GOP Rep. Mo Brooks says town hall protests may prevent Obamacare repeal

Story highlights

  • "I don't know if we're going to be able to repeal Obamacare now because these folks who support Obamacare are very active," Brooks said.
  • "And you may not even see a vote to repeal Obamacare, you might see something where they call it a repeal but really it's an amendment," he added.

(CNN)Republican Rep. Mo Brooks said Thursday that protests at town halls around the country might prevent Republican lawmakers from repealing the Affordable Care Act.

"I'll tell you, Toni, there are a, in my opinion, a significant number of congressmen who are being impacted by these kinds of protests and their spine is a little bit weak," the Alabama congressman said in an interview on "The Morning Show with Toni & Gary" on WBHP 800 Alabama radio. "And I don't know if we're going to be able to repeal Obamacare now because these folks who support Obamacare are very active, they're putting pressure on congressman and there's not a counter-effort to steel the spine of some of these congressmen in tossup districts around the country."
Brooks continued, "And you may not even see a vote to repeal Obamacare, you might see something where they call it a repeal but really it's an amendment. You and I have talked about this before. We need an outright repeal of Obamacare and then whatever's gonna come after it, fine, let's have that discussion. But this monstrosity needs to be repealed and right now, in my judgment, we don't have the votes in Congress to pass a repeal bill, in part because of what these people are doing."
Since Donald Trump's inauguration, protesters have disrupted town halls held by Republican legislators, with the potential repeal of Obamacare emerging as one of the most controversial issues. Utah Rep. Jason Chaffetz claimed that protesters are out to "bully and intimidate" lawmakers.
Brooks similarly painted a grim portrait of the protests, claiming that there were "some anarchist types, criminal element types, disruptor types," though he described a meeting he held on Wednesday with local leaders of "Indivisible," a national organizing group that opposes President Trump's agenda, as a "polite exchange of ideas."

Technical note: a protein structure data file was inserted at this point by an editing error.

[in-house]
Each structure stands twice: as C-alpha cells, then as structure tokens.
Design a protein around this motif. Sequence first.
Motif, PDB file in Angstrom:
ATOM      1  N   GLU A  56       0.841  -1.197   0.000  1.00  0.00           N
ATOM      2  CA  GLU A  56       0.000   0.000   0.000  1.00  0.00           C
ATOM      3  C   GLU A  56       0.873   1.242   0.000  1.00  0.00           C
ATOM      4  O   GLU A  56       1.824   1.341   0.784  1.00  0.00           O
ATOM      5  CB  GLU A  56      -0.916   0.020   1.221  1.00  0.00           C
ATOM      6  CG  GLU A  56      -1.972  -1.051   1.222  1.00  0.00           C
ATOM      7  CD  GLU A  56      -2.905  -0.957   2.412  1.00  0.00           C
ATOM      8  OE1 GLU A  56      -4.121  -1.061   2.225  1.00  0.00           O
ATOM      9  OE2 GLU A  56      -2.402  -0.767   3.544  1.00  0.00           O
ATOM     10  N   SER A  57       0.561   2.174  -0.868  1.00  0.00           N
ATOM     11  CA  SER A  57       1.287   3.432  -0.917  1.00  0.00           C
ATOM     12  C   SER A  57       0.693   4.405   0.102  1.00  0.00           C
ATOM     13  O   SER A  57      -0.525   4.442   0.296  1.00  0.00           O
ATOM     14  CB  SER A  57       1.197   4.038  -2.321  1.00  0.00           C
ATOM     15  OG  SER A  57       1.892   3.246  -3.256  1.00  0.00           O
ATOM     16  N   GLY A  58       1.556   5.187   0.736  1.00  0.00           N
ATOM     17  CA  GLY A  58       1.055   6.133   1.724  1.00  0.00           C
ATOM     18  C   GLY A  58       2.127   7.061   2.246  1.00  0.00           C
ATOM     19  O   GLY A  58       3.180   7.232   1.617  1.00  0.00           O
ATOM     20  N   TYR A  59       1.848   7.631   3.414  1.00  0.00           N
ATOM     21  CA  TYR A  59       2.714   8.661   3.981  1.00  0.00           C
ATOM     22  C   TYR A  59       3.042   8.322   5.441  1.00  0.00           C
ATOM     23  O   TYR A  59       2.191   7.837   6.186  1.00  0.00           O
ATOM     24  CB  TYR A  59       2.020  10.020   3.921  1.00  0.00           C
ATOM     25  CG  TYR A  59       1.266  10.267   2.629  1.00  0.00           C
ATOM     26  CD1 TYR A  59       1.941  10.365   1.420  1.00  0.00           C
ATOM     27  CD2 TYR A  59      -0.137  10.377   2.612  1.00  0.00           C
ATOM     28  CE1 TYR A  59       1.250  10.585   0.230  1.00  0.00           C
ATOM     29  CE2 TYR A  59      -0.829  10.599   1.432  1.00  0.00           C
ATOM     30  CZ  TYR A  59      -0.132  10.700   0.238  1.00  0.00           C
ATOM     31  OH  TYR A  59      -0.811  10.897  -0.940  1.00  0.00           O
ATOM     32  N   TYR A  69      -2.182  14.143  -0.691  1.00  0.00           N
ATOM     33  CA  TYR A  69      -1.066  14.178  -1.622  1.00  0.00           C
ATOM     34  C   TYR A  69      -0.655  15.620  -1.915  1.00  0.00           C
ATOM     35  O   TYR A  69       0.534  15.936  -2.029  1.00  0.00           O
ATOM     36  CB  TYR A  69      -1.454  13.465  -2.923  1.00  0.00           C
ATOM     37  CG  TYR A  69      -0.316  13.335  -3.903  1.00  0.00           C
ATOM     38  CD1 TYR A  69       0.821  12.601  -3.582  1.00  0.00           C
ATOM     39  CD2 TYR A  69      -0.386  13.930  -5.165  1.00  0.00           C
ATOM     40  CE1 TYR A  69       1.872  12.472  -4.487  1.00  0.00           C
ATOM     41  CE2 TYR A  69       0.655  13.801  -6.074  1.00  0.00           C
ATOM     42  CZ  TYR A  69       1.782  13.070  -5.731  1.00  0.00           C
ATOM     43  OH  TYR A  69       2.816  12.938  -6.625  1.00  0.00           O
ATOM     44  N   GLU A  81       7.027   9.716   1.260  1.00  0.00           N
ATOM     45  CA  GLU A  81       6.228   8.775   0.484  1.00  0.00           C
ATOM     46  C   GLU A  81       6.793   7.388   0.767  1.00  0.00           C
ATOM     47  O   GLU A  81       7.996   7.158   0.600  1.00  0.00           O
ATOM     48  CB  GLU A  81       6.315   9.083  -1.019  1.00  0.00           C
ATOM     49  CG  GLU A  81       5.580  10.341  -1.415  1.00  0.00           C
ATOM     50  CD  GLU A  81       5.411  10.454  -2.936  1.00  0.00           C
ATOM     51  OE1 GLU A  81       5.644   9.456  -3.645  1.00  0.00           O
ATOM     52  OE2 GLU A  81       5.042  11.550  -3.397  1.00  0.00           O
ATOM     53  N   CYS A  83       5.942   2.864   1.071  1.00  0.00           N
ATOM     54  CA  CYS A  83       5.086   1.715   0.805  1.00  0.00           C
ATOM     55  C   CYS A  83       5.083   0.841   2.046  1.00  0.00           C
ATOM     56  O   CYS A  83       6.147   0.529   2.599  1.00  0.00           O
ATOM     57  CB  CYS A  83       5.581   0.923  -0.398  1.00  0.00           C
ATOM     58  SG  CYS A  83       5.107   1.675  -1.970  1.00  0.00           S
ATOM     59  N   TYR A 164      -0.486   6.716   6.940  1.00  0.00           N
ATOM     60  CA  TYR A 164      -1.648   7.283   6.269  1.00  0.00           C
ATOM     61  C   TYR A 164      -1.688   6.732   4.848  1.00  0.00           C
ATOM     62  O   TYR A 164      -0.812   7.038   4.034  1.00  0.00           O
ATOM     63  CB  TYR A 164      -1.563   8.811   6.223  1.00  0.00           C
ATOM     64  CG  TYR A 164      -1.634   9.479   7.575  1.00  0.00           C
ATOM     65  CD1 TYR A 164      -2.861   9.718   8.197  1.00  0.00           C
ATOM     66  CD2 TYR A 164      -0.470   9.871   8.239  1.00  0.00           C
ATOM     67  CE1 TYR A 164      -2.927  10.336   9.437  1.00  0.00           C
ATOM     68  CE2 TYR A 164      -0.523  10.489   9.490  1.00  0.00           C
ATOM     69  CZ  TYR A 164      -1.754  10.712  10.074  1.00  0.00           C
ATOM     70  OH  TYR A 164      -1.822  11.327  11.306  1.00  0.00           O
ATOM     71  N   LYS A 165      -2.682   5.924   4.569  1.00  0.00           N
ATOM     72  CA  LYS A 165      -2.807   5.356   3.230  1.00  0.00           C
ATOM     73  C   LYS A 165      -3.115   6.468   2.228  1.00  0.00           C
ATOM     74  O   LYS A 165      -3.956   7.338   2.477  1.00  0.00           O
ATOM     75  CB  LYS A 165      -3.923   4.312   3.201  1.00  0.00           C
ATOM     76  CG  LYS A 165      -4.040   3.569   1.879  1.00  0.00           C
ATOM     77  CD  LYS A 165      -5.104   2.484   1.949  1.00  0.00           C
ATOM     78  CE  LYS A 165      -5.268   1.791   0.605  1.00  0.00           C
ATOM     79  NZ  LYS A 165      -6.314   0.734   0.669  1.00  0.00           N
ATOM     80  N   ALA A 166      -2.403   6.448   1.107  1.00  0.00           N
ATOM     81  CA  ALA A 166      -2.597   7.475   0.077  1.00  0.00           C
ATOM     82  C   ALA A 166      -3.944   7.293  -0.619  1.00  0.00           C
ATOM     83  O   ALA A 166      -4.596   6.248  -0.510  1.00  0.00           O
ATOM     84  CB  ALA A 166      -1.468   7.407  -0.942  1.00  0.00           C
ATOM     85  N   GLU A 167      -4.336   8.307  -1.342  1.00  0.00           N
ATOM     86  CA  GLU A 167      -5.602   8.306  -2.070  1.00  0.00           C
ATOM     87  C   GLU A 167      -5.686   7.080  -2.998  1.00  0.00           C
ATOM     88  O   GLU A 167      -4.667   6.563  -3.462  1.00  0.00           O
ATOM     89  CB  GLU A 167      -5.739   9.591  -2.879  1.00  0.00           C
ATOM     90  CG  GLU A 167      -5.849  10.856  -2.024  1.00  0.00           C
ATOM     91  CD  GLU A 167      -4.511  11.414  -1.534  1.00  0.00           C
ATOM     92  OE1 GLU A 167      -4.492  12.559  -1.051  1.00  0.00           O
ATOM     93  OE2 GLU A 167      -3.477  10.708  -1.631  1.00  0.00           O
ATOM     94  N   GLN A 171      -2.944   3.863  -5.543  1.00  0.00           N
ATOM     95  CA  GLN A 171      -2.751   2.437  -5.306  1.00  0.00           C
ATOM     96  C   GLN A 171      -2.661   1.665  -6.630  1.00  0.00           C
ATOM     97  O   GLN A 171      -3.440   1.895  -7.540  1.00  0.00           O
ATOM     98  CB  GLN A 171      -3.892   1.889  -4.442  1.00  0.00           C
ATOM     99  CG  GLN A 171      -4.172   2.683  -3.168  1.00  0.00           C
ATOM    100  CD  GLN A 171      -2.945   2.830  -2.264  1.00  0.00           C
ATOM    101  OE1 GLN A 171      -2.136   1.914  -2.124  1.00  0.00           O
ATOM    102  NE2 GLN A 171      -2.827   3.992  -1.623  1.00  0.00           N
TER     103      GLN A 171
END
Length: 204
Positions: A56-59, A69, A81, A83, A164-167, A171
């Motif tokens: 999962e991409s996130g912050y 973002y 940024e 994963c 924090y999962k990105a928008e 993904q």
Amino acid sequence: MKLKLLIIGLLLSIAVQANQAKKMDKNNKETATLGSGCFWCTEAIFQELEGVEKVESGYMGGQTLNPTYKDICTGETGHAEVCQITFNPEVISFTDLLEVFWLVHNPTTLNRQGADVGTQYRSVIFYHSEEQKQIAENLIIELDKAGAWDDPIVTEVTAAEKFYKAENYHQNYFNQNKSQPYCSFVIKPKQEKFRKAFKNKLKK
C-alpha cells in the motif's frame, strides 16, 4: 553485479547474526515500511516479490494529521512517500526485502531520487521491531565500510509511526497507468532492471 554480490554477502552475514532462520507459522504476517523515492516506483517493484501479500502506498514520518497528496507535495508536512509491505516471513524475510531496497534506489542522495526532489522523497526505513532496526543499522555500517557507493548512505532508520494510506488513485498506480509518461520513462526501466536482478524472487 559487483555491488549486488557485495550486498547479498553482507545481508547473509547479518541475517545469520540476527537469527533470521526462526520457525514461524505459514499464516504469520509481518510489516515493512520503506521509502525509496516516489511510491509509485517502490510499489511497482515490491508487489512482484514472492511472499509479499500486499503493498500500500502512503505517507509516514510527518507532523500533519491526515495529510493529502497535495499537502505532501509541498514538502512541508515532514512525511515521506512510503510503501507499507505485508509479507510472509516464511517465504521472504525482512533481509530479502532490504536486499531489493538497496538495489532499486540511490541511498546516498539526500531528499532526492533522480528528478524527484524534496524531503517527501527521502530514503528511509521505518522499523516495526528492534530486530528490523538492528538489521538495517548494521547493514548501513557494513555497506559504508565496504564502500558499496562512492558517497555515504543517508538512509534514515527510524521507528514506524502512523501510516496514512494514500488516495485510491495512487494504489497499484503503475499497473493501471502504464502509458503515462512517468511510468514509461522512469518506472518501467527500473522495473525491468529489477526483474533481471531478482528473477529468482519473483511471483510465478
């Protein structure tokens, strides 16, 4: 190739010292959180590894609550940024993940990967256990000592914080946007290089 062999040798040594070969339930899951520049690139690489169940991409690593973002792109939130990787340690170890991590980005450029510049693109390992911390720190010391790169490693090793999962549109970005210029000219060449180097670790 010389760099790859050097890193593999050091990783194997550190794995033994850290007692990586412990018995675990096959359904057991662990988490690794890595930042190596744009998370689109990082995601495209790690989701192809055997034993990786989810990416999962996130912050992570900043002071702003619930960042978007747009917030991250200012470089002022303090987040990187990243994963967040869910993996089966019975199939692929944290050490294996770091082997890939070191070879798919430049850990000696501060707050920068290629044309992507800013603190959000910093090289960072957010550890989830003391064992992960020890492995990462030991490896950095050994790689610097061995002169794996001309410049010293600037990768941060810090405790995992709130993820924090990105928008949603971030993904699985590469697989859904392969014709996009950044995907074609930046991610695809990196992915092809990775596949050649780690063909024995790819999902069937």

Brooks also expressed concern that neither House Speaker Paul Ryan nor the White House are fully behind repeal of President Obama's healthcare law, comparing Ryan's position on the issue to his position on so-called "amnesty" for undocumented immigrants.
"Well, you gotta understand that it's about like, am I for amnesty or not for amnesty? Paul Ryan will insist he's not for amnesty, but the positions he takes on amnesty are consistent with amnesty," the congressman said. "He just says that's not it. Like if I make an illegal alien pay a dollar fine, that's not amnesty. Make him a citizen for a buck, OK? That's the definition he uses. What they're using now with the phrase repeal Obamacare, quote-unquote, is not a repeal like you and I understand the meaning of the word repeal. Repeal of Obamacare means you say public law, give the number, is hereby repealed. The whole thing is dead. That's a repeal. Anything less than that is an amendment. But they're calling an amendment a repeal in order to deceive the public."
Ryan has repeatedly said he wants to repeal and replace the law.
In Thursday's radio interview, Brooks went on to cite Trump's support for covering everybody with health insurance as evidence that the presidential administration may not support repeal.
"Quite frankly, I don't know that this administration supports a full repeal," he said. "To the contrary, the president has expressed support for some of the provisions that are in Obamacare. And if that's the case, if that ends up being the administration's position, then that is not a repeal of Obamacare, that's an amendment to Obamacare."
When the host referred to a popular Obamacare provision allowing young adults to stay on their parents' insurance until age 26, Brooks said that wasn't the only element of the law that Trump supported.
"It's bigger than that, Toni," he said. "Remember when Donald Trump publicly stated during the campaign that he's going to make sure everybody has health insurance? OK? That's Obamacare."